Like longhorn cattle (or cartwheeling clowns), the Diascia whiteheadii flowers bear paired spurs of about 2 cm long that curve out dramatically. These flowers produce oils of value to bees called Rediviva longimanus that have developed front legs long enough to reach right into the bottom of these flower spurs.
Like the chicken and egg riddle one may well ask what came first, the long spur or the long bee legs? There were no people around to report the relevant truth at the time, but scientific theory has it that the insect legs “became longer” to reach the oil better.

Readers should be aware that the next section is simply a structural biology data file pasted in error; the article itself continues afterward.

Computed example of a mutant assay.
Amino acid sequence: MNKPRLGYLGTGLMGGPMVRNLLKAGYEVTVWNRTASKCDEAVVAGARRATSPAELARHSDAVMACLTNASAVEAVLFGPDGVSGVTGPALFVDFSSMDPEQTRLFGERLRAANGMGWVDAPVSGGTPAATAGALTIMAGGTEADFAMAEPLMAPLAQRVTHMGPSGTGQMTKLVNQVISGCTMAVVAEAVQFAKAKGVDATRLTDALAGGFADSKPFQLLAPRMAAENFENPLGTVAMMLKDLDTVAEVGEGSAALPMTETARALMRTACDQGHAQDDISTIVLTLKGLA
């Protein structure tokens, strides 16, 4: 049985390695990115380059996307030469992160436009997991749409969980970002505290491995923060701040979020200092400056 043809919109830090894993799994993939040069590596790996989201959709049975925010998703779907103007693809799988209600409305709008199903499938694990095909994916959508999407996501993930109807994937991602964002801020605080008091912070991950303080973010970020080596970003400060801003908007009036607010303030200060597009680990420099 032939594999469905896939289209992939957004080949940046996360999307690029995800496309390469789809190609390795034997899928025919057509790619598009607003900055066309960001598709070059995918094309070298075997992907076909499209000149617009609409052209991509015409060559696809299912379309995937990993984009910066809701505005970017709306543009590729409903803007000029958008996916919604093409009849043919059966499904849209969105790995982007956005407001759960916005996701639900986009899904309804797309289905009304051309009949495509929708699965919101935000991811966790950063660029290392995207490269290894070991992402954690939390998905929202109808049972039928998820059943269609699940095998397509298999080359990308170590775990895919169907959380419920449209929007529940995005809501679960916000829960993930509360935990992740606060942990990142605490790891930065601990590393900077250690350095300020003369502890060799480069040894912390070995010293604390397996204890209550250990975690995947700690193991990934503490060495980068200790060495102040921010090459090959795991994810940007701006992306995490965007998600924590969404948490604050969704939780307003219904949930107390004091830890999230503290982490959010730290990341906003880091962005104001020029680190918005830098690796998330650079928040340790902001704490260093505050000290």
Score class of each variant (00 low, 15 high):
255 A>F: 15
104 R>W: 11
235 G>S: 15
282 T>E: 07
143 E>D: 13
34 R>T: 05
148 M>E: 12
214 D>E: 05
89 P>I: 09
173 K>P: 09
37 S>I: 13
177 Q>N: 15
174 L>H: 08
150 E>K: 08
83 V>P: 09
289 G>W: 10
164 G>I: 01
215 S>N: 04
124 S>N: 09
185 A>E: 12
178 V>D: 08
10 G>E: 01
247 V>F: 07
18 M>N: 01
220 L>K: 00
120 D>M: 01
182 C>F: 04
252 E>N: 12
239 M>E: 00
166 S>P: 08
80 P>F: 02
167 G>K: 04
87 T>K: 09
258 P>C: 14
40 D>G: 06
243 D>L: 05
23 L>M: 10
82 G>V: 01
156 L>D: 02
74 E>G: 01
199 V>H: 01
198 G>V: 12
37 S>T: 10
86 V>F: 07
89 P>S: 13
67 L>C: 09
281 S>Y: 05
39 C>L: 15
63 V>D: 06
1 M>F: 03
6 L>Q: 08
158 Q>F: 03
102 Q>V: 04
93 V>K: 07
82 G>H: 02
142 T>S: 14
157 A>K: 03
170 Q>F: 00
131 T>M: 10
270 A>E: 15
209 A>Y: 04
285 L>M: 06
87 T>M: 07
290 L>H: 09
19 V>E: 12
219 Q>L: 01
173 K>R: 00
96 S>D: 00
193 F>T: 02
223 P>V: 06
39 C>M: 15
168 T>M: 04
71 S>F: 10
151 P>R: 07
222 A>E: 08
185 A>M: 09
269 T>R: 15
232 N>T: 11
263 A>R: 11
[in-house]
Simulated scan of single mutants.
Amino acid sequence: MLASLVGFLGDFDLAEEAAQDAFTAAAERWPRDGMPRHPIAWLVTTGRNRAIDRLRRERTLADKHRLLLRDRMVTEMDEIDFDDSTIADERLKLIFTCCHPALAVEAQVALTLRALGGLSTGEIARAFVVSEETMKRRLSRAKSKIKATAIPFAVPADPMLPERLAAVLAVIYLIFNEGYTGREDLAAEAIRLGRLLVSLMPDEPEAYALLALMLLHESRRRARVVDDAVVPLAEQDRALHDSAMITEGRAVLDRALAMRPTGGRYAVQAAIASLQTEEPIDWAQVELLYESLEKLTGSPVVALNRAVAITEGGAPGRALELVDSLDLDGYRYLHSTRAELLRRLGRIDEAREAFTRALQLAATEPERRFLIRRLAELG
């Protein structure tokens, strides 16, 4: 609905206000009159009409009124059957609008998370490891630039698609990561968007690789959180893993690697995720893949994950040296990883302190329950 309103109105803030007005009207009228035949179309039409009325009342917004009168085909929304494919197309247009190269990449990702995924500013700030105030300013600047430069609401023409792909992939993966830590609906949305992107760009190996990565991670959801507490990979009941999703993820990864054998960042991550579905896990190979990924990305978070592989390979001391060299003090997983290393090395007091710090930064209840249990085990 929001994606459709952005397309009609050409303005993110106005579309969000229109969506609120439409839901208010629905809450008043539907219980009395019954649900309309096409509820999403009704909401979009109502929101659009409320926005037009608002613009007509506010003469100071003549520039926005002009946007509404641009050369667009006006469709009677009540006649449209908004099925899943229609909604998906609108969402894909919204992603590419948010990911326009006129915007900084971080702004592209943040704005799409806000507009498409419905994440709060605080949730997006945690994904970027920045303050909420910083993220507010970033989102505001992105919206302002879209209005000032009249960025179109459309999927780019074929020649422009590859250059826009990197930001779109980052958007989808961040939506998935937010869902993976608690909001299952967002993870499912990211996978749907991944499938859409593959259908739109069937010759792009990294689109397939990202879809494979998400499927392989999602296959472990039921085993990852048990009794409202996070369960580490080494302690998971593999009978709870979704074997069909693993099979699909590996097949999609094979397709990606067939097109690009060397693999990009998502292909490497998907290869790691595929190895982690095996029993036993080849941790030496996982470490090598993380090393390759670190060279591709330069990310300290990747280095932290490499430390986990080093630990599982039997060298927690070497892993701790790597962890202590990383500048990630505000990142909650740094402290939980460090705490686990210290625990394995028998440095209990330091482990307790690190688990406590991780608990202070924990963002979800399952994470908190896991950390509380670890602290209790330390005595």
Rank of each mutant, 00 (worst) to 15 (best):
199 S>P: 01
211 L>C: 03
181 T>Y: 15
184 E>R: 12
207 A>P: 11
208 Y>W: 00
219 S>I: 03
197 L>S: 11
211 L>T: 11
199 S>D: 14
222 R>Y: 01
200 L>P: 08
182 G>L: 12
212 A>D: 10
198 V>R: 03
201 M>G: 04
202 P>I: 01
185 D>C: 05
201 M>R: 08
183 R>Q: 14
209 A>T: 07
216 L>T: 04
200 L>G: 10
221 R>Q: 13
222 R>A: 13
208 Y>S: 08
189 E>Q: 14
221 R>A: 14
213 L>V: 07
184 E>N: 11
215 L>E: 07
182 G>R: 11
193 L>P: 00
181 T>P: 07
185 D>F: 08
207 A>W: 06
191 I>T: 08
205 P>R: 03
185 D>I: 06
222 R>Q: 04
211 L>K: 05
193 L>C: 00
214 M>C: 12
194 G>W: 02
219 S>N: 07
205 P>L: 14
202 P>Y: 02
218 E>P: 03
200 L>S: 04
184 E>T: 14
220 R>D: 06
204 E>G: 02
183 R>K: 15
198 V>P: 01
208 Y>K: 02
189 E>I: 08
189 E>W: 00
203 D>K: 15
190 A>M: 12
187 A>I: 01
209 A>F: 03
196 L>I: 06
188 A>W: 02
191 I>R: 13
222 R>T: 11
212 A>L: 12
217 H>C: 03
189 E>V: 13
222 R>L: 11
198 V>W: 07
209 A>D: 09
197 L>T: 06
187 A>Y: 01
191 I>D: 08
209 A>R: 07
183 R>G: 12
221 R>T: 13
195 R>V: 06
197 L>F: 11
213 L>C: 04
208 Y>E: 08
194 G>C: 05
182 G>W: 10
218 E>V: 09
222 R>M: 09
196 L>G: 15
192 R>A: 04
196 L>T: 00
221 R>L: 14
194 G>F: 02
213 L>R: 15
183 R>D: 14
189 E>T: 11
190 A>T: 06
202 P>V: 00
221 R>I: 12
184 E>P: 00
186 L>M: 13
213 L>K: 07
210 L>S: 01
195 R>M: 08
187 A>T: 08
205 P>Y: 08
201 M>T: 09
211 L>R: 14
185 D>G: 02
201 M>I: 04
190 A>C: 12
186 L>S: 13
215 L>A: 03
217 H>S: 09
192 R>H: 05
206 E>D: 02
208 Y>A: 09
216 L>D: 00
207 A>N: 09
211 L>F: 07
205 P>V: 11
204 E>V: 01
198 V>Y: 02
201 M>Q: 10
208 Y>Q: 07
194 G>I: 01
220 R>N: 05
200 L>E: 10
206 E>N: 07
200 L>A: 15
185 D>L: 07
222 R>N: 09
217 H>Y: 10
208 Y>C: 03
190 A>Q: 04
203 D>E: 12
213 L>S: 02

But no actual legs were ever stretched for achieving this! Those bees born with longer legs could feed their babies better, so the “right” long-leg genes were reproduced more regularly as the short-legged ones tended to die out. Or they may have found other solutions involving other flowers, becoming something else and earning other Latin names that they too would never know (Manning, 2007; Manning and Goldblatt, 1997; iNaturalist).